As might be expected after Uber burst on to the Australian market – specifically to disrupt the taxi industry – the former Cabcharge has had a torrid few years, going backwards for investors over the last one, three and five years. That is only to be expected from a company that lost a lucrative near-monopoly, but those travails are dissipating, and the name change to A2B Australia in November 2018 indicated a new confidence.
A2B is leveraging its 13cabs and Silver Service brands (which boast 9,500 cabs) as highly popular apps, and has diversified its revenue streams through Cabcharge Payments and Mobile Technologies International, bought in 2018, which is a software-as-a-service (SaaS) application that powers the processing and dispatch systems used by most of the taxi companies in Australia, as well as taxi fleets in North America, Europe and New Zealand – the company believes it has strong prospects to grow this business in other countries. A2B recently launched a new cut-price taxi brand called CHAMP, and will shortly launch a new service called “MyDriver” nationwide, after a successful trial in Newcastle, in which 40% of passengers chose to select a preferred driver.
The Cabcharge platform is now a technology powerhouse, and A2B is moving into machine learning and internet-of-things (IoT) applications to optimise and grow the business. Analysts like the basis on which to grow profits and dividends. FY19 saw a record result for revenue, up 7% to just under $200 million, and underlying net profit up 10%, to $14.9 million. The full-year dividend was maintained at 8 cents, and it is this dividend that most interests us – it will probably come under slight pressure in the current year, but A2B’s full franking, strong cash flow position, low payout ratio should give investors comfort that this is a sound yield stock – with analysts’ expectations showing a grossed-up yield of 8.1% for FY21, at the current share price.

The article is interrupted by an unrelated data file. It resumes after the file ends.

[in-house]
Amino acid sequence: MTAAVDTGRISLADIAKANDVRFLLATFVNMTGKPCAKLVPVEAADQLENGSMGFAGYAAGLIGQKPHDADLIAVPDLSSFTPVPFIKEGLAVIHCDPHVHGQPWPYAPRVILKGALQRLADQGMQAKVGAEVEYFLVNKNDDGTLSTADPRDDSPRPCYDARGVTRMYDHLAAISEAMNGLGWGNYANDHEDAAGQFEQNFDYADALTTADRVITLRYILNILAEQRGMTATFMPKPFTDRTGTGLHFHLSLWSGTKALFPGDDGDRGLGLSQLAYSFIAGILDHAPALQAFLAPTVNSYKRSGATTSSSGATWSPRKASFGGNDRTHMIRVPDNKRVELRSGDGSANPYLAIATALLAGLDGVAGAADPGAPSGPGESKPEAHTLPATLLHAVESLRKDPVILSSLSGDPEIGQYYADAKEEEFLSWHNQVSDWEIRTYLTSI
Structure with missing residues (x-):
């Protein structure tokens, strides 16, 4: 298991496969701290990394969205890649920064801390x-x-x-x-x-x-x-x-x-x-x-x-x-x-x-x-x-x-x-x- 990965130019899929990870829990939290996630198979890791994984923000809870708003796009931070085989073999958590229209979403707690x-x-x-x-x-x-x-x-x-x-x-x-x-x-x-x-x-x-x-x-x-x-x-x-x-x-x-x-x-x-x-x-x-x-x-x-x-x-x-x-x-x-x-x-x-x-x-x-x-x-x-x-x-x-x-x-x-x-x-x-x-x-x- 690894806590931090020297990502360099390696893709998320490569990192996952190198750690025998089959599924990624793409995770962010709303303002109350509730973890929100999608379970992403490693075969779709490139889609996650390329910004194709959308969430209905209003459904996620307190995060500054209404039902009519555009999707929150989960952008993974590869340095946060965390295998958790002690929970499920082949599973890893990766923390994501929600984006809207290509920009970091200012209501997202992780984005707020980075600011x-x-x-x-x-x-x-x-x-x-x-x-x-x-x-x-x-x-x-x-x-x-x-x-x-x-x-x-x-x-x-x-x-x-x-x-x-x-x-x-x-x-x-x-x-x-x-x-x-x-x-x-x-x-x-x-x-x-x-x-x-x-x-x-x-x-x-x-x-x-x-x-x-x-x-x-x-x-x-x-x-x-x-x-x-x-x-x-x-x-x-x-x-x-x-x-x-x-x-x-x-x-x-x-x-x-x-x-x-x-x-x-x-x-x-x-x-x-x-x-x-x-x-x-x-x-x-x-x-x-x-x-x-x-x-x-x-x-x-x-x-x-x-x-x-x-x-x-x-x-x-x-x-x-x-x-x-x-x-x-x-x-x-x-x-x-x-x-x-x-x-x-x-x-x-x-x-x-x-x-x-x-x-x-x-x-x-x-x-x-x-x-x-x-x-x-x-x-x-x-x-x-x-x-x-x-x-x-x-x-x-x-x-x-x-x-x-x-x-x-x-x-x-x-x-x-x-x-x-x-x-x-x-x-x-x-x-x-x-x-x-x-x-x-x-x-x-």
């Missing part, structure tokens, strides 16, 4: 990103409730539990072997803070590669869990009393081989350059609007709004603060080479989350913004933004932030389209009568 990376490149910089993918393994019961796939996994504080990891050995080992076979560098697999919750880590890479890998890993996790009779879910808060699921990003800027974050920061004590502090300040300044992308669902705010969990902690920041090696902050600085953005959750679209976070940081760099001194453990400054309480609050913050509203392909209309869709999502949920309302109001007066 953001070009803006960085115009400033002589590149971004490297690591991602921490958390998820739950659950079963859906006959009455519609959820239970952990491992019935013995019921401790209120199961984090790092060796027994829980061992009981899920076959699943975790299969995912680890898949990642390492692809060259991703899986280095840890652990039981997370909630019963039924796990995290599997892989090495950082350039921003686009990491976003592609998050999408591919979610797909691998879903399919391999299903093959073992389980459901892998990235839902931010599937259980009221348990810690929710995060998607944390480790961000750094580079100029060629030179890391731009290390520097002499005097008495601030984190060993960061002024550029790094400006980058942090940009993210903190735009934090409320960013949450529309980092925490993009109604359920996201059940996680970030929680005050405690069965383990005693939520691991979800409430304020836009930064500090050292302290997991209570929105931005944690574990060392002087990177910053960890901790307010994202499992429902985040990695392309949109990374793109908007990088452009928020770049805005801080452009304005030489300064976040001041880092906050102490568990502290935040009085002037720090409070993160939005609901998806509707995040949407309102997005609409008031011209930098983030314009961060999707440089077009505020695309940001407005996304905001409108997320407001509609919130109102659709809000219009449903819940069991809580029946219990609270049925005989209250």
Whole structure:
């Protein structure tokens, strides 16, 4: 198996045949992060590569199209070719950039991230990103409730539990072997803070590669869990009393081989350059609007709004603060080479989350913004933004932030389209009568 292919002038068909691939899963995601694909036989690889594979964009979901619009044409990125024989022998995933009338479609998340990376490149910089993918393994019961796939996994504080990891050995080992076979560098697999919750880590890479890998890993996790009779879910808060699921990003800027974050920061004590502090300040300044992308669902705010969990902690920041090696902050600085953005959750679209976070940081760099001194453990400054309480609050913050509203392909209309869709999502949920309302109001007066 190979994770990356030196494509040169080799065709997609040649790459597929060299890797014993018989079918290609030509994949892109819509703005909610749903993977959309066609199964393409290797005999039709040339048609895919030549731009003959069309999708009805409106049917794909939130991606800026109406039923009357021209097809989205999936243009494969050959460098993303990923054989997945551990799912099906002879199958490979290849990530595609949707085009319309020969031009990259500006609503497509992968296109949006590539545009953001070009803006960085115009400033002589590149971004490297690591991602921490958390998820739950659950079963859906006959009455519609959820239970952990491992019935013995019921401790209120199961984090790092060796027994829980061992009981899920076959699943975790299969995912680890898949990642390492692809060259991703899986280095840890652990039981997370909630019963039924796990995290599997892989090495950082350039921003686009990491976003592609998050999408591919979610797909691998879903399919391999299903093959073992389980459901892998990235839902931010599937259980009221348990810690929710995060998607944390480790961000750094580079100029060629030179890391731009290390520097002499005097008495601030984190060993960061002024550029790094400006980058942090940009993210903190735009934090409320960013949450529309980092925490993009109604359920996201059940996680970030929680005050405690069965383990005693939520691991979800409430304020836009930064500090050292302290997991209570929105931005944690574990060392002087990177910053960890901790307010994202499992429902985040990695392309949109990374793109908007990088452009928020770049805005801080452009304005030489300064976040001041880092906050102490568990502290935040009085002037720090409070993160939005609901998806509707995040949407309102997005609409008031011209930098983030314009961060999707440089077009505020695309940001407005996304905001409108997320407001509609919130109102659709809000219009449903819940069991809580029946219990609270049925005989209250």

Lastly, income-focused investors could do a lot worse than take a close look at some of the dividend-income-based exchange-traded-funds (ETFs), which are structured to offer participation in portfolios of shares that offer above-average dividend yields.
A good option here is the Vanguard Australian Shares High Yield ETF (VHY). At a share price of $61.54, and a trailing (FY19) dividend of 356.73 cents, VHY, if it repeated that dividend, would be offering a yield of 5.72%, which with its FY19 level of franking, at 85.7%, would represent a grossed-up yield of 7.8%. VHY could easily do better than this for FY20.
A similar situation is the Russell Investments High Dividend Australian Shares EFT (RDV), which at a share price of $30.60 and a trailing (FY19) dividend of 209.18 cents, which, if repeated in FY20, would generate a yield of 6.9%, 78.8% franked, equivalent to a grossed-up yield of 9.4%.